- Former Hollywood bigwig Harvey Weinstein hired private firms staffed by former intelligence operatives to investigate and squash allegations of sexual harassment against him.
- The operatives assumed fake identities and posed as other people to convince several accusers to talk.
- Weinstein also, through one of the firms, hired a freelance journalist to interview accusers and report findings back to him.
Disgraced Hollywood mogul Harvey Weinstein hired private security companies staffed with former foreign intelligence officials to investigate and cover up sexual-harassment allegations against him when they first started emerging in the fall of 2016, The New Yorker reported on Monday.
As part of that effort, Weinstein hired Kroll, a corporate-intelligence firm, and Black Cube, a company operated primarily by former Israeli intelligence officers, per the report. The film mogul also “directed” journalists to find out and tell him which women were making allegations against him.
The New York Times first reported on the claims against Weinstein last month, and The New Yorker followed up with several new detailed allegations shortly after. In all, nearly 60 women have accused Weinstein of varying degrees of sexual misconduct.
When trying to extract information from his accusers, operatives working for the firms Weinstein hired typically created false identities designed to gain the accusers’ trust.
An investigator working for Black Cube, for example, pretended to be a women’s rights advocate when she met with Rose McGowan, one of the actresses who has accused Weinstein of rape. McGowan is a women’s rights advocate as well, and she told The New Yorker that the operative, who posed as a woman named Diana Filip who worked at a fictional wealth-management firm, was “very nice” and met with her multiple times to extract information.
The operative also assumed a separate fake identity and met twice with one journalist chasing down the Weinstein story, while posing as an accuser named “Anna,” in an effort to find out which other women had made allegations about Weinstein to the media. She also emailed Jodi Kantor of The Times, who first broke news of the allegations along with reporter Megan Twohey.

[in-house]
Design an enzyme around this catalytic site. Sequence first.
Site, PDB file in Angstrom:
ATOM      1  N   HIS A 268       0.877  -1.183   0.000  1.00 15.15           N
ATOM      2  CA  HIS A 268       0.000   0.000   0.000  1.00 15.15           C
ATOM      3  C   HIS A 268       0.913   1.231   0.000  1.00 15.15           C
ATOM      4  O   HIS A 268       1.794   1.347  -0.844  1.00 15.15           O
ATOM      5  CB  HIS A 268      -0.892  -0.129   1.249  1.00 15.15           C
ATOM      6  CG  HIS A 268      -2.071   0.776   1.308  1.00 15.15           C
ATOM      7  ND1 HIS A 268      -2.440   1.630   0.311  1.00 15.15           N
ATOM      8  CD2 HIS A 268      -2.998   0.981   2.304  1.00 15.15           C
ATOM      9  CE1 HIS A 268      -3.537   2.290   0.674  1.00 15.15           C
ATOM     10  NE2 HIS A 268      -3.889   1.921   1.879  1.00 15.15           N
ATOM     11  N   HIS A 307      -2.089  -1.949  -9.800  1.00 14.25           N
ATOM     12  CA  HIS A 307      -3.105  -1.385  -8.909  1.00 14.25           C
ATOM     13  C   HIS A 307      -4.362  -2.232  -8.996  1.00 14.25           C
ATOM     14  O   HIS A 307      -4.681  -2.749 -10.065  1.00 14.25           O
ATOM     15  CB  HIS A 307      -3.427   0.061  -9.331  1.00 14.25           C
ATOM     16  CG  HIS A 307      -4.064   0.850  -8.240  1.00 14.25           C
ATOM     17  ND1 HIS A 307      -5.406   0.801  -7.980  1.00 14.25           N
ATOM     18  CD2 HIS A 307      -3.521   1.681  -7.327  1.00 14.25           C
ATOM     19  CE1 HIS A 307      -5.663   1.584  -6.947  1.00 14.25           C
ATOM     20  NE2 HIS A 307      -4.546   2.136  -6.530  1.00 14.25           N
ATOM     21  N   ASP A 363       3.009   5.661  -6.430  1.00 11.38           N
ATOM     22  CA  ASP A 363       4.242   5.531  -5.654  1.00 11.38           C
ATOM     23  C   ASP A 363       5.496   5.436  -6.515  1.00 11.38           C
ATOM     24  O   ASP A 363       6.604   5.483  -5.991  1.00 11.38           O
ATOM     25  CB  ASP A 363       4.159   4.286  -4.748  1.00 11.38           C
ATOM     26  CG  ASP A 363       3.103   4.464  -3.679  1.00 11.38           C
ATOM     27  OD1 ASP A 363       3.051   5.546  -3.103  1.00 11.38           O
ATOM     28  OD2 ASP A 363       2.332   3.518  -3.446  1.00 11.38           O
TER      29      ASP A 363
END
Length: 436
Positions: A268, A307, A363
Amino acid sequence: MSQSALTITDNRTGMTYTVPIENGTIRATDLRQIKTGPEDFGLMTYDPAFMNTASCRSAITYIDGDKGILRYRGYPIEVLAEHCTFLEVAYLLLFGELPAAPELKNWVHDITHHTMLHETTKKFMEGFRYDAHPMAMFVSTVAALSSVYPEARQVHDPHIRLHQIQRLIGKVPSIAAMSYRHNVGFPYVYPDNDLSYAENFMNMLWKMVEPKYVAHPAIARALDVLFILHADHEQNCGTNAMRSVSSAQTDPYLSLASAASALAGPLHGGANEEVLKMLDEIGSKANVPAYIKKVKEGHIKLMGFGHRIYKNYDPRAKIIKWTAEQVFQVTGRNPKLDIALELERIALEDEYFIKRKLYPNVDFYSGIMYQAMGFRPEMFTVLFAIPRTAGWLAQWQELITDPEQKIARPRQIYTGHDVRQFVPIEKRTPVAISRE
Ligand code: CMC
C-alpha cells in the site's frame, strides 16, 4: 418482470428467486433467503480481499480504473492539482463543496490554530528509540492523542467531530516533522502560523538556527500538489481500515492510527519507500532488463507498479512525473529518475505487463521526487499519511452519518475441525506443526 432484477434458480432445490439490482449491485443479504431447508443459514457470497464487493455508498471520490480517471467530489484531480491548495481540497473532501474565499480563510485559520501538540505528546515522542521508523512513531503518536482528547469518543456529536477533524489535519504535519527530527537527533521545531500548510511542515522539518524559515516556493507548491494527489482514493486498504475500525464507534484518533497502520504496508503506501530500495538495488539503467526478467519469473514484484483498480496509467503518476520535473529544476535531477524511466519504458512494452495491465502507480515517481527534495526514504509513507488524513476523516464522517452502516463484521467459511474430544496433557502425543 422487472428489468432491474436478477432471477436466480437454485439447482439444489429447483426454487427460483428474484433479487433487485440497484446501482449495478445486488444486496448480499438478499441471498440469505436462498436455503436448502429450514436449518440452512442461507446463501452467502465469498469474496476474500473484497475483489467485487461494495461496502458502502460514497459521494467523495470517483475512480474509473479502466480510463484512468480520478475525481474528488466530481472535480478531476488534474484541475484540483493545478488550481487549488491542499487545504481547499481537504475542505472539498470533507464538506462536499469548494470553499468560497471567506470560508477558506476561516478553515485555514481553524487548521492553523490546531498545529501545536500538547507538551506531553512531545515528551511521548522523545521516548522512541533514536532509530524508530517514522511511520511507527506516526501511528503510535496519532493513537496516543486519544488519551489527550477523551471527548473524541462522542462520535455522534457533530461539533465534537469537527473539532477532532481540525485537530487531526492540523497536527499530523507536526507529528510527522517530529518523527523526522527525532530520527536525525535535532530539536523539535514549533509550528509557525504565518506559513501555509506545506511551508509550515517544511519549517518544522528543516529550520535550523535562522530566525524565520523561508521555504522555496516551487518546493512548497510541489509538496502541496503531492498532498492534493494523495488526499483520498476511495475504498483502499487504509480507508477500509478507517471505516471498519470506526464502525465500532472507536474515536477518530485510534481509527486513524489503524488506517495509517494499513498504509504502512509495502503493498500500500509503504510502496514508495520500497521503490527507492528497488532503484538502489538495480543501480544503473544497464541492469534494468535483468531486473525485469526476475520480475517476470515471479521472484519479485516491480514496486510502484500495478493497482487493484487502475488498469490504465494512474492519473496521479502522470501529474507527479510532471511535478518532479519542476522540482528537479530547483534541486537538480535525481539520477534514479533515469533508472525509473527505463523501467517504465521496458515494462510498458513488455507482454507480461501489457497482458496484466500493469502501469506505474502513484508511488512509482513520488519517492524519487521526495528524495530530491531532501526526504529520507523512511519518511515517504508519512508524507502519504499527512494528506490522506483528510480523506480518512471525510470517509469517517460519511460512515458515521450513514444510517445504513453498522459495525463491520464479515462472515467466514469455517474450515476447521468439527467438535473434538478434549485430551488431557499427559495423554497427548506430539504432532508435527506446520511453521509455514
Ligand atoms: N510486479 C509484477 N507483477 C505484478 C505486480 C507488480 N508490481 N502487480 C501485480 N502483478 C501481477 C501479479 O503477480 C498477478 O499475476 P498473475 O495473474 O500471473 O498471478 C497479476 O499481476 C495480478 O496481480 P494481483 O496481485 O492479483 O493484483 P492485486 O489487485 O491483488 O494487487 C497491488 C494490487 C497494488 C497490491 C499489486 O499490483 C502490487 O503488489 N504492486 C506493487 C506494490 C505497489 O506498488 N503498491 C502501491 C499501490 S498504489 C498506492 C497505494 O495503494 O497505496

As it turned out, the operative was a former member of the Israeli Defence Forces and used “Diana Filip” as an alias during her time serving in the IDF.
Black Cube said in a statement to The New Yorker that it would “never discuss its clients with any third party,” nor would it confirm or deny “speculation made with regard to the company’s work.” The company added that it applied “high moral standards” to its work and functions in compliance with the law.
Weinstein also reportedly asked Black Cube to hire a journalist to “conduct ten interviews a month for four months and be paid forty thousand dollars,” as well as report back their findings to the firm, which would in turn relay the information to Weinstein.
The journalist subsequently got in touch with McGowan, recorded their conversation without her consent, and provided Black Cube with details of their interactions. He also contacted two other women with allegations against Weinstein, as well as two reporters following the story.
“It struck me as B.S.,” Annabella Sciorra, who accused Weinstein of rape, told The New Yorker of her conversation with the journalist Weinstein hired. “And it scared me that Harvey was testing to see if I would talk.”
The reporter claimed that he was working on his own story about Weinstein when he was contacted by The New Yorker, and said he was using Black Cube to get information.
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